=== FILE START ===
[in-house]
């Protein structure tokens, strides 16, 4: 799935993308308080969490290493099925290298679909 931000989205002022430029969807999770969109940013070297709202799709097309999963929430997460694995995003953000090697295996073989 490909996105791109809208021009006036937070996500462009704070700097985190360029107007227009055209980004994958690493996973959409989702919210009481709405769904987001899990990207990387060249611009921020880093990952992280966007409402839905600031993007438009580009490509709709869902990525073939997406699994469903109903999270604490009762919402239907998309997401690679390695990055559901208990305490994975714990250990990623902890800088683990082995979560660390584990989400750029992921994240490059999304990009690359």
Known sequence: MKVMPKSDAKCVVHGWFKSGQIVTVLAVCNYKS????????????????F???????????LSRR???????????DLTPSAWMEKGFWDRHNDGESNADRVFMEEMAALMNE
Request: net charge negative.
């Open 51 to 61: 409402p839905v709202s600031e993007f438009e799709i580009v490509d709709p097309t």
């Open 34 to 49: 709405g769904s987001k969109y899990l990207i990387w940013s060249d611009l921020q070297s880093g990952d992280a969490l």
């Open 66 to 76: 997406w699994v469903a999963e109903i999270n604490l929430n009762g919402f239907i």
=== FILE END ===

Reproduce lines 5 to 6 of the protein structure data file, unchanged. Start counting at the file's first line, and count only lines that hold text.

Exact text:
């Open 51 to 61: 409402p839905v709202s600031e993007f438009e799709i580009v490509d709709p097309t």
């Open 34 to 49: 709405g769904s987001k969109y899990l990207i990387w940013s060249d611009l921020q070297s880093g990952d992280a969490l």